Quick races can be run against computer opponents, the clock, or your own best performance ("ghost car") on any of the game's eight tracks and in any vehicle, and there are options to set the difficulty level of opponents and the physics model for the cars. Every setup feature in the garage - you can adjust camber, toe-in, bump, anti-roll bar, rebound, springs, ride height, brake bias, wheel lock, spoiler size, and gear ratios - is accessible in a quick race, making it a good way to get a general idea of how you should set up for each track once you start the career mode.
I say general idea because the career mode starts you out as an amateur, limiting your adjustments to brake bias and wheel lock. What this means is that how quickly you advance to the next level of competition depends on your driving, not your setup expertise. As you win races and start socking away prize money, you'll be able to add performance-enhancing accessories to improve your exhaust, shocks, axles, gearbox, tires - you name somewhere on the Viper you can slap a new part, and it's probably in this game. Choices are limited to your class, and by the time you get to GT Class the whole world of upgrades opens up to you.
But Viper Racing's low price and its lavish attention to modeling the Dodge Viper come at certain costs. Although the computer drivers are good, there are only seven to race against on eight tracks, and those tracks seem strangely barren and devoid of any signs of human life except for nondescript buildings (OK, the castle isn't nondescript). The Viper's the only car you can drive in career mode (I've got no problem with that), and no matter which of the other cars you choose for a quick race, the other guys will be in - you guessed it - Dodge Vipers.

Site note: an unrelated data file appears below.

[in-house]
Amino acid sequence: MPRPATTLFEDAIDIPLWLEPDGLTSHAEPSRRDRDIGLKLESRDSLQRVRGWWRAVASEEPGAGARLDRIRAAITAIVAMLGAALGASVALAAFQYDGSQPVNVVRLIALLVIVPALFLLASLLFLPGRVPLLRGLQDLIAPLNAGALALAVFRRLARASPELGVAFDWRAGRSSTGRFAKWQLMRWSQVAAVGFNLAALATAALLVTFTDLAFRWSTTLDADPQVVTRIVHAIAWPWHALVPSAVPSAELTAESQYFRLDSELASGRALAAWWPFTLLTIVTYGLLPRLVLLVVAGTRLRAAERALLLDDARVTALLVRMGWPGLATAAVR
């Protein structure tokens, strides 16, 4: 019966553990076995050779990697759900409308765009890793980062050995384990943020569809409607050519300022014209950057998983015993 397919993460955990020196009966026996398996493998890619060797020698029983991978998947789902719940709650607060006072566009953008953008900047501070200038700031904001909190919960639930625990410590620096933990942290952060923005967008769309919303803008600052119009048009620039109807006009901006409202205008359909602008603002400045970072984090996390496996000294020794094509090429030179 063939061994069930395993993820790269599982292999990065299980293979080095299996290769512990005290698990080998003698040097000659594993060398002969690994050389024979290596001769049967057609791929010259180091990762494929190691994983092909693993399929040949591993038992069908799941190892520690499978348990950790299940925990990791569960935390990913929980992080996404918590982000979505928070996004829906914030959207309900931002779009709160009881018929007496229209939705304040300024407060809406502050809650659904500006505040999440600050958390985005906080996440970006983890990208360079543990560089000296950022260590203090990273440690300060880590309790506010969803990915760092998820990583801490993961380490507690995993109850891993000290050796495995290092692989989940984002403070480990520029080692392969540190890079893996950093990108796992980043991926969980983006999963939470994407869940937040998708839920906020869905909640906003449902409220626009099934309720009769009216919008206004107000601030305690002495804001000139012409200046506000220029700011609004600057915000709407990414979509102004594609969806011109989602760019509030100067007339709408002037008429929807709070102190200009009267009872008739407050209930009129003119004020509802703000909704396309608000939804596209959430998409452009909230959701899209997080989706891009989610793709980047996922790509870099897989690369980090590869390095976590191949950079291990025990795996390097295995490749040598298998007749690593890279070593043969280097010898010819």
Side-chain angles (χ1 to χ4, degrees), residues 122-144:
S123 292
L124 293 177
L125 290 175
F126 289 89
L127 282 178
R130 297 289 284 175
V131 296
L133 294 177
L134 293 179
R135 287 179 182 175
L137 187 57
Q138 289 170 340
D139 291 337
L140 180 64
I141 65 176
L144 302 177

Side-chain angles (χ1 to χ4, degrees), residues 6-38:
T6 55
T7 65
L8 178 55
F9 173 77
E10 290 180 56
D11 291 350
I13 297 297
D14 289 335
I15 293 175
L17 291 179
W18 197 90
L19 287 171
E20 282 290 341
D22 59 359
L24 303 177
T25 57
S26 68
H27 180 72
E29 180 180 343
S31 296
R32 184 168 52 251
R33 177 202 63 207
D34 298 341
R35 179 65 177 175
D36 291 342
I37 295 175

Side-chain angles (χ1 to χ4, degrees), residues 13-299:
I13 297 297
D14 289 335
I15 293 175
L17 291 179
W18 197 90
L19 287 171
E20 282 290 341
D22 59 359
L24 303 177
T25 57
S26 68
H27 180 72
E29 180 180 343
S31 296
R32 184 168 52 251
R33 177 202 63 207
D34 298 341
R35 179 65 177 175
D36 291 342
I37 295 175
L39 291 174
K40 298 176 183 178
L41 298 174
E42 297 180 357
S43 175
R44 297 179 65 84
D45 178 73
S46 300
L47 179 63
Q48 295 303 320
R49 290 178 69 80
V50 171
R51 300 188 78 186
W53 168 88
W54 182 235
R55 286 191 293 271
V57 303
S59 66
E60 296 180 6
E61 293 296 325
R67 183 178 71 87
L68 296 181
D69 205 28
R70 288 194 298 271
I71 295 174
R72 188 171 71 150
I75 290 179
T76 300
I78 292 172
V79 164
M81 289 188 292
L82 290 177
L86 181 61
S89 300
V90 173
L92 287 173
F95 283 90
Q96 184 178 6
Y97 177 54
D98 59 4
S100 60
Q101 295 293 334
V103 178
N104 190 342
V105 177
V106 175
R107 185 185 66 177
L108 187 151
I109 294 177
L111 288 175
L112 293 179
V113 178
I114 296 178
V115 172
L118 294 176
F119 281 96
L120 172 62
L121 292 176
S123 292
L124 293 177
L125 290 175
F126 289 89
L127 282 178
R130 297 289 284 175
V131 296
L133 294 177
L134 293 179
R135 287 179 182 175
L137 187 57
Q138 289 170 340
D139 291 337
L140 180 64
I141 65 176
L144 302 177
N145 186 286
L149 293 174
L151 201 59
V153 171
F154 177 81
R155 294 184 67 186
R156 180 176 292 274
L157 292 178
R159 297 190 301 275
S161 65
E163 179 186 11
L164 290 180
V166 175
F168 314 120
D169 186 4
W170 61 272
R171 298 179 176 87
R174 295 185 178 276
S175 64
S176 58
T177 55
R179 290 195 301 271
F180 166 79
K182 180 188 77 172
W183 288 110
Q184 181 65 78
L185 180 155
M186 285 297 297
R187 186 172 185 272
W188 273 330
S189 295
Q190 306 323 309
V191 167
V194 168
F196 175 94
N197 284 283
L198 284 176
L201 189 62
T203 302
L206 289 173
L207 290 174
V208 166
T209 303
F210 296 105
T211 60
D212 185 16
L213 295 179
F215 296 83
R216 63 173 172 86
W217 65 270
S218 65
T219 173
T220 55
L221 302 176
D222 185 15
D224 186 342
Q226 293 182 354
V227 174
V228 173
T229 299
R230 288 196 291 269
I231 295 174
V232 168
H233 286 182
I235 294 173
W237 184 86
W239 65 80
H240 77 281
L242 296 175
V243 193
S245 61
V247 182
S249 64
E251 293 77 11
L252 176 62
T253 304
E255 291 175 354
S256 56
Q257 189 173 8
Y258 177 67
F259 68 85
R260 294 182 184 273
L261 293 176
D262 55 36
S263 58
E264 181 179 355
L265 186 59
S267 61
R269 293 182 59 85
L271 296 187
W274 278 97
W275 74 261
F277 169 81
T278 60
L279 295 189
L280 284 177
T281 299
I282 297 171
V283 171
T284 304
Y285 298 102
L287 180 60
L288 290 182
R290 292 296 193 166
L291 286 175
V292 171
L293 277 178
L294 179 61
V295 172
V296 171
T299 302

But those are shortcomings, not flaws; when it comes to actual complaints about what's in Viper Racing, the biggest one I can come up with is that the sensation of speed is... well, screwy. You know the message on rearview mirrors that says "Objects are closer than they appear"? Viper Racing should have a similar warning, something like: "You're always going faster than it appears." As you slide out of control in a curve, you'll be wondering why it's happening when you're only going 60 or 70 - until a quick glance at the speedometer shows you're way over 100. This is a purely subjective gripe, of course, and after a while you'll undoubtedly develop an innate sense of how fast you're going in relation to the track. But it is something that might put impatient gamers off before they get a chance to discover how intense this game can be.
Viper Racing sports a full array of multiplayer options (modem, serial, LAN, and TCP/IP for Internet play), but just as with Grand Prix Legends, Sierra has tossed a potentially great multiplayer game on the market with zero support to help owners set up races. Serious racers will find a few Viper Racing leagues to join, but those of us looking for some quick racing without the commitment that goes along with league play are out of luck. Here's hoping Viper Racing makes it onto WON or the Internet Gaming Zone soon.
Probably the worst thing you can say about Viper Racing is that it's pretty limited in its scope - but you could just as easily turn that around and say that the developer focused on a few things so it could make sure they were all done very, very well. All I know is that it sure hooked me.